Takako Nakamura

This is me walking into Natural House in Aoyama last week:

550 yen ($5) for broccoli!?
Are you fricken kidding me?

Look at me today: recovering cheapskate drinking “premium” organic green tea, 1000 yen ($9) a bag.

Sitting here sipping tea, I noticed a common theme in these blog posts I’ve been doing.

Beginning with my Tony Robbins post back in August, then Jack the peanut butter guy,

they all fit this pattern:

1. I was an idiot.
2. Then I meet someone who’s really knowledgeable.
3. This person teaches me more than one valuable lesson.
4. I go home smarter, make important changes in my life,

and blog about it.

I still think $5 is a rip-off for broccoli. Seriously, who can afford $5 broccoli? But don’t forget.

I’m a fool. I’ve been conditioned all my life to think that $5 for a vegetable is a rip-off. And not for one second to think about where my broccoli comes from, what’s in the soil where it grows, how much back-breaking work and sweat it took. If it’s been sprayed by chemicals that are banned in Europe because they’re dangerous for human consumption, I wouldn’t know.

I’ve been making buying decisions in the produce aisle based on one thing alone: the price.

Up until a few weeks ago when I interviewed Jack, I took everything else for granted. 

Are you getting why I feel like an idiot?

My new perspective on $5 broccoli is thanks to Takako Nakamura. (This is step #2: I meet someone who’s really knowledgeable.) Jack introduced me. You’ll see in a minute why they’re friends.

Founder of the Whole Food School and Whole Food Association, she’s one of the leaders of the organic movement in Japan going way back. She was eating a macrobiotic, whole foods diet before I knew what macrobiotic was.

I still don’t know what the heck macrobiotic means. But now I know who to ask.

When I interviewed Takako-san, she told me the story of the time when she was working at Natural House, the same one I was at last week. She described how models and beautiful actresses, all with glowing skin, came to buy their groceries. Young Takako wanted to find out their secret to having such beautiful skin.

I won’t tell you how old she’s turning next month but I will mention that her skin glows like a woman who’s barely hit 30. You’ll see me shaking her hand in the last video below. I won’t deny the thought crossed my mind that this lady sitting in front of me, who’s more than 20 years my senior,

is damn sexy.

Either Takako Nakamura is living the life of a kitchen monk, her skin doesn’t see the light of day, or she’s discovered the fountain of youth, which happens to be a pool filled with organic vegetable broth.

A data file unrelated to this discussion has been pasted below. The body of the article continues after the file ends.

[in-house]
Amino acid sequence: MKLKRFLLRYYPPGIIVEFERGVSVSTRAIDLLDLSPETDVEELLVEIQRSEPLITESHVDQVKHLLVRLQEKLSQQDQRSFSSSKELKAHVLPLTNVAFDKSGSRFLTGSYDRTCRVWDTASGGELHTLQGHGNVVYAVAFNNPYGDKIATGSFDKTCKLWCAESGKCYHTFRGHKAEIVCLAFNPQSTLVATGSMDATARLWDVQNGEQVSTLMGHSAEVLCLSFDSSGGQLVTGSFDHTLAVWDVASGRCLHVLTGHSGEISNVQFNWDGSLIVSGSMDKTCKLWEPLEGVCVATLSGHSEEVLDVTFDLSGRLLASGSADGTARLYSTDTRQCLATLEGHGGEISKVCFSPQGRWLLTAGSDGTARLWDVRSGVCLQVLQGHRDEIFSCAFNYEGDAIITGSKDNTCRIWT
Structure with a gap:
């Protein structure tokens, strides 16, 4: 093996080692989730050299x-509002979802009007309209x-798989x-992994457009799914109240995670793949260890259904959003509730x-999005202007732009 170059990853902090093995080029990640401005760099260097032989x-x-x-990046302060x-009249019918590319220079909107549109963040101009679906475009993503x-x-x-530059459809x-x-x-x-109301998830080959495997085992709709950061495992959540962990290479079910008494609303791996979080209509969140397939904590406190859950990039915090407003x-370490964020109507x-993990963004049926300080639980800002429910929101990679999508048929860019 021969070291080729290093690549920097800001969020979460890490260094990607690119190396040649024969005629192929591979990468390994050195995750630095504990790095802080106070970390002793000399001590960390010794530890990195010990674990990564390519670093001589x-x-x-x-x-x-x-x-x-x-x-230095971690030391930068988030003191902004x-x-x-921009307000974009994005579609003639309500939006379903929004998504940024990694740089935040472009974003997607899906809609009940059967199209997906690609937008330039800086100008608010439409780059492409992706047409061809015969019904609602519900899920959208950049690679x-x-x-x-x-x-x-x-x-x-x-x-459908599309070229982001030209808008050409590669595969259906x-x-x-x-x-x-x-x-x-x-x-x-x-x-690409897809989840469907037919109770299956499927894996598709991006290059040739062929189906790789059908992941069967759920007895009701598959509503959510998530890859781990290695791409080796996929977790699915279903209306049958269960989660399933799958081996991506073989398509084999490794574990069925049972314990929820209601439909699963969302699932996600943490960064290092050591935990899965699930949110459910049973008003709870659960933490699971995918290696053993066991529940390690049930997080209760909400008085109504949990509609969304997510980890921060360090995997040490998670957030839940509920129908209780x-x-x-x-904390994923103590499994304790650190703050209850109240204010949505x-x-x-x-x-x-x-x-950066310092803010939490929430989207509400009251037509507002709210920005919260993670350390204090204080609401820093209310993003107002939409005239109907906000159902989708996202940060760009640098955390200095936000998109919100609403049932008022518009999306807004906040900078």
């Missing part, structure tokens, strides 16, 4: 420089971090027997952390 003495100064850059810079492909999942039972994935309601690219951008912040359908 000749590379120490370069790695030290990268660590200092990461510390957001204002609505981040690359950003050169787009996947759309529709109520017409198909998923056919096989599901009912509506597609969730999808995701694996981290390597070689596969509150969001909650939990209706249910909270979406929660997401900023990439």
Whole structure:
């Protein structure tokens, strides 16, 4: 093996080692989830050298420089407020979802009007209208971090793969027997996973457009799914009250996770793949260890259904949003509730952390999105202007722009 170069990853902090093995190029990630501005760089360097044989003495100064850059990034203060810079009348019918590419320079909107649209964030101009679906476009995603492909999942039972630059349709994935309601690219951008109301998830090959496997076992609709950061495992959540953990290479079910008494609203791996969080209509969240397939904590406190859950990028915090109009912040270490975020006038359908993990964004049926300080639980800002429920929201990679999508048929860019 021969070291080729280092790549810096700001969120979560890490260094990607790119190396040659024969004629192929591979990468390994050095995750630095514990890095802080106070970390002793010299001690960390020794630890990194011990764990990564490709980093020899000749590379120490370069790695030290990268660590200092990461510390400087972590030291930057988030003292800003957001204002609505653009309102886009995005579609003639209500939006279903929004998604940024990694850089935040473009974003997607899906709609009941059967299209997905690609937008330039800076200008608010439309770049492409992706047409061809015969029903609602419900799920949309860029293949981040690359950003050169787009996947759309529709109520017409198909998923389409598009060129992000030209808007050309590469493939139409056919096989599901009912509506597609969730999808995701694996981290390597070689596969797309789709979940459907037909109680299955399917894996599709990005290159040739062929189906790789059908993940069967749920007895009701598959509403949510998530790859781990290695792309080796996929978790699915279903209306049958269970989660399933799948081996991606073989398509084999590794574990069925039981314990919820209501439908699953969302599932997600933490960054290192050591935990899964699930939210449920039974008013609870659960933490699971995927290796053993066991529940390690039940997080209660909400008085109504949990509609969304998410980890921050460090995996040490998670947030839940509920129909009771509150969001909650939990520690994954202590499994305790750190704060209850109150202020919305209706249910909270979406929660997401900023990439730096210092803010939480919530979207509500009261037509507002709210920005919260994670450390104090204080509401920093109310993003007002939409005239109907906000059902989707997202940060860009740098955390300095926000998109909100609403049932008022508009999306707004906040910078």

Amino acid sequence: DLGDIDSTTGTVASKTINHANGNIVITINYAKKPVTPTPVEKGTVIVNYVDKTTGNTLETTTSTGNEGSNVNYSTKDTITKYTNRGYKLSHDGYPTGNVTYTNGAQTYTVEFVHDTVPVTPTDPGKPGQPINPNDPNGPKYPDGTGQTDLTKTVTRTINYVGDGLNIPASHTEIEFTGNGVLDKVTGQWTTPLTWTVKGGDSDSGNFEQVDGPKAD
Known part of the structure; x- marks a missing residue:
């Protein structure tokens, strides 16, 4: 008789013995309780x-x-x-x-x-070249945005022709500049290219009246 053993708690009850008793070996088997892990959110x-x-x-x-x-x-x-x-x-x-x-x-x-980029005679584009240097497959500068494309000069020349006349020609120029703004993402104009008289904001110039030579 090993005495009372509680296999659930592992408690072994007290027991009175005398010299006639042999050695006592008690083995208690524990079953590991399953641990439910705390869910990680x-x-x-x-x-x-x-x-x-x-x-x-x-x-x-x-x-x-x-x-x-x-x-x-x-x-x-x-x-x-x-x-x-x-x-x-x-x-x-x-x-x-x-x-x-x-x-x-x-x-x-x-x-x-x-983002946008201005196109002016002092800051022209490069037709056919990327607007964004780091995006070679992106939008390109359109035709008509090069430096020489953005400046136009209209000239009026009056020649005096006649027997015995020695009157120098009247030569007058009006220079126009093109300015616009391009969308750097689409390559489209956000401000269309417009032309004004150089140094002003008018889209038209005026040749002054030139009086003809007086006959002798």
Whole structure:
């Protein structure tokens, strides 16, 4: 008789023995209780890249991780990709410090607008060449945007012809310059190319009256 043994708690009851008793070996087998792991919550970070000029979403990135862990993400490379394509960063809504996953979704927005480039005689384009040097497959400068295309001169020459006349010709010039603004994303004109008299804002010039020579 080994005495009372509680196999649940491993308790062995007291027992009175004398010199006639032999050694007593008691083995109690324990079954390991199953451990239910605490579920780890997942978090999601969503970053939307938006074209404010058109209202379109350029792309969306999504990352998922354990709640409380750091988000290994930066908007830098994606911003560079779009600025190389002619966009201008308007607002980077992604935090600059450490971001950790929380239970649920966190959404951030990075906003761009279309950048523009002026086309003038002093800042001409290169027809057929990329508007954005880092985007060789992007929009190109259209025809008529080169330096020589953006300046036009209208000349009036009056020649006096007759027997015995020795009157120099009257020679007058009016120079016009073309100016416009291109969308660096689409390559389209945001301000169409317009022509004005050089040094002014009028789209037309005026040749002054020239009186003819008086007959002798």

veggie broth

Sitting across the table from someone so intelligent and who really knows how to take care of herself, I’m seriously beginning to reconsider the value of $5 broccoli.

What’s her secret!? If you don’t believe me about the whole fountain of youth thing, compare our skin in the picture below.

I was born in 1980; Takako was born in the 50s. Now you tell me who has younger looking complexion. (Hint: it ain’t me.)


Takako Nakamura and Matt Eisenhauer

It was a real privilege listening to Takako Nakamura. I highly recommend taking the time to watch all four video clips of the interview below. I guarantee you’ll hear something that will change the way you think about food.

After this interview I got a lot smarter (Step 3 and 4 above). I’m no broccoli-head anymore. Smart as a turnip!

An organic $6 turnip.

Here’s my first question.


On your blog you say that vegetable broth is like litmus paper. Could you explain?

Takako Nakamura is famous for her “veggie broth”. (Video length: 3:55 minutes- Japanese with English subtitles followed by English translation.)


To someone who hasn’t quite been convinced to start eating organic yet– it’s more expensive, hard find– what do you say?

I loved what she had to say. (video length: 1:33 minutes)


Is there something that you think many Japanese people don’t understand about the food they eat?

(Follow-up question) What can you tell me about the use of pesticides and herbicides in Japan?

Her answer was another eye-opener for me. (Video length: 1:45 minutes)


What’s the best way for people to find you online so they can attend your school or follow you?


Here is the link to Takako Nakamura’s homepage (in Japanese):

Whole Food School:

Whole Food Association:

Her books (in Japanese) and other products:

How to make “veggie broth”- Takako Nakamura on NHK: (copy and paste this link)

(free e-book)